The High Court will decide on Wednesday morning whether or not to jail or fine three anti-water charge protesters for contempt of court.
The company installing water meters, GMC Sierra, claimed four men breached a court order preventing them from coming within 20 metres of its work stations and from interfering with the entrance and exit of the company's vehicles.
The company's application against one man was struck out after the judge found he had not been properly served with the necessary legal documentation to attach and commit him.
Lawyers for GMC Sierra said video evidence and oral evidence proved beyond reasonable doubt that the three men had breached the order in Dublin 13 on 11 November.
Lawyers for the men said the company had not properly authenticated the video evidence.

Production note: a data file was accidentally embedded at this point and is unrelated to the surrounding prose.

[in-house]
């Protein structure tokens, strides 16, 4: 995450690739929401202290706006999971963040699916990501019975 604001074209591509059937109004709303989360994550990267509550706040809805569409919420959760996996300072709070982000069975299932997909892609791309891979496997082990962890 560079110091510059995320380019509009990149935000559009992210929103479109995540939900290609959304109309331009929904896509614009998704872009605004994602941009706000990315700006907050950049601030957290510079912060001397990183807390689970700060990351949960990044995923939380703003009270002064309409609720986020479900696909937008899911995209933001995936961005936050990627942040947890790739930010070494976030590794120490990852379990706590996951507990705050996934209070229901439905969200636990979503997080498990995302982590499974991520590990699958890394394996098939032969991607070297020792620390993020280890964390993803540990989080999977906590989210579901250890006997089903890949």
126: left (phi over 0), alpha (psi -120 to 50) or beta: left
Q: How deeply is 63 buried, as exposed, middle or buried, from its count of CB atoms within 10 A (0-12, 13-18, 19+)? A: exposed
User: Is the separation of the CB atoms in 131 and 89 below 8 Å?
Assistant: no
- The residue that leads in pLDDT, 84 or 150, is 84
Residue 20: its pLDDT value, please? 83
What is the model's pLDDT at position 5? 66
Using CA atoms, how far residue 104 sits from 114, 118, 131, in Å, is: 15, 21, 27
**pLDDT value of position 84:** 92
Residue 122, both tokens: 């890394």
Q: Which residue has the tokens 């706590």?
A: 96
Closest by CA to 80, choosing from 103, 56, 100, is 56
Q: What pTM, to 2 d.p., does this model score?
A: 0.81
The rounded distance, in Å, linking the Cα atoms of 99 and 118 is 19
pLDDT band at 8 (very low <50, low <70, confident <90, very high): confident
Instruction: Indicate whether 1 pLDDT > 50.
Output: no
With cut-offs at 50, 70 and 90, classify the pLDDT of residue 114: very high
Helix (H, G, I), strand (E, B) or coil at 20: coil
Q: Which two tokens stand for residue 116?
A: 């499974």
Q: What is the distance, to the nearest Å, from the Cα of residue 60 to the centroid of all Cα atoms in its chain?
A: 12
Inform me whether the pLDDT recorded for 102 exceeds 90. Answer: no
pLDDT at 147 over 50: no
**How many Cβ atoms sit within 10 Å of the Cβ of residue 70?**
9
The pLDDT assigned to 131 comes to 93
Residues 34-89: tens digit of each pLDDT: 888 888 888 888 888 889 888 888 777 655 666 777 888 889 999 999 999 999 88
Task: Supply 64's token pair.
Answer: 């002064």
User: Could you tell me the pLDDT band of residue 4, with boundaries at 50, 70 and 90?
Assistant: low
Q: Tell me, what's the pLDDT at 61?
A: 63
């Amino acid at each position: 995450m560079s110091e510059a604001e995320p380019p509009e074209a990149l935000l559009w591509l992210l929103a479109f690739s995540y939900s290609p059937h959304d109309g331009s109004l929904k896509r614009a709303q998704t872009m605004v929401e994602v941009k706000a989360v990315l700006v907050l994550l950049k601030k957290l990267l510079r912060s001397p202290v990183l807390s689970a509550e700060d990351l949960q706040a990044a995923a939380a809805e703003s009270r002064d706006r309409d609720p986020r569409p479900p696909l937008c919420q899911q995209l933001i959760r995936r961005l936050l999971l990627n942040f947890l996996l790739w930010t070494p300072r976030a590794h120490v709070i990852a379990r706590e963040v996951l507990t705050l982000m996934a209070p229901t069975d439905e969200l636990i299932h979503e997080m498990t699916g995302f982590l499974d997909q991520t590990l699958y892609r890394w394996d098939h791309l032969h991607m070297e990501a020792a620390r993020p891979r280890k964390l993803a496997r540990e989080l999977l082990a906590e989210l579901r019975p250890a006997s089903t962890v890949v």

The protesters deny they were involved in any unlawful behaviour.
Mr Justice Paul Gilligan said he will give his decision on Wednesday on whether or not the men breached the order and what sanctions, if any, should apply.
Gardaí caught in 'Catch 22' situation
Meanwhile, a Garda Chief Superintendent has told the High Court that gardaí are caught in a "Catch 22" situation when it comes to policing the anti-water charge protests.
Chief Superintendent Fergus Healy said this is because they cannot apply the Public Order Act within the barriers surrounding a work station.
Chief Supt Healy told the court they had taken legal advice in relation to these issues.
The advice was that the area inside the barriers surrounding a work station where water meters are being installed is not covered by the Public Order Act, as it is deemed not to be a public area.
Chief Supt Healy said the act applies only outside the barrier.
He said this was a civil dispute between the company and the protesters and they were dependent on water service legislation.
Chief Supt Healy said there was an offence under water legislation of interfering with a water meter installer.
He said gardaí had been issued instructions about people interfering with contractors, but he did not tell the court what those instructions are.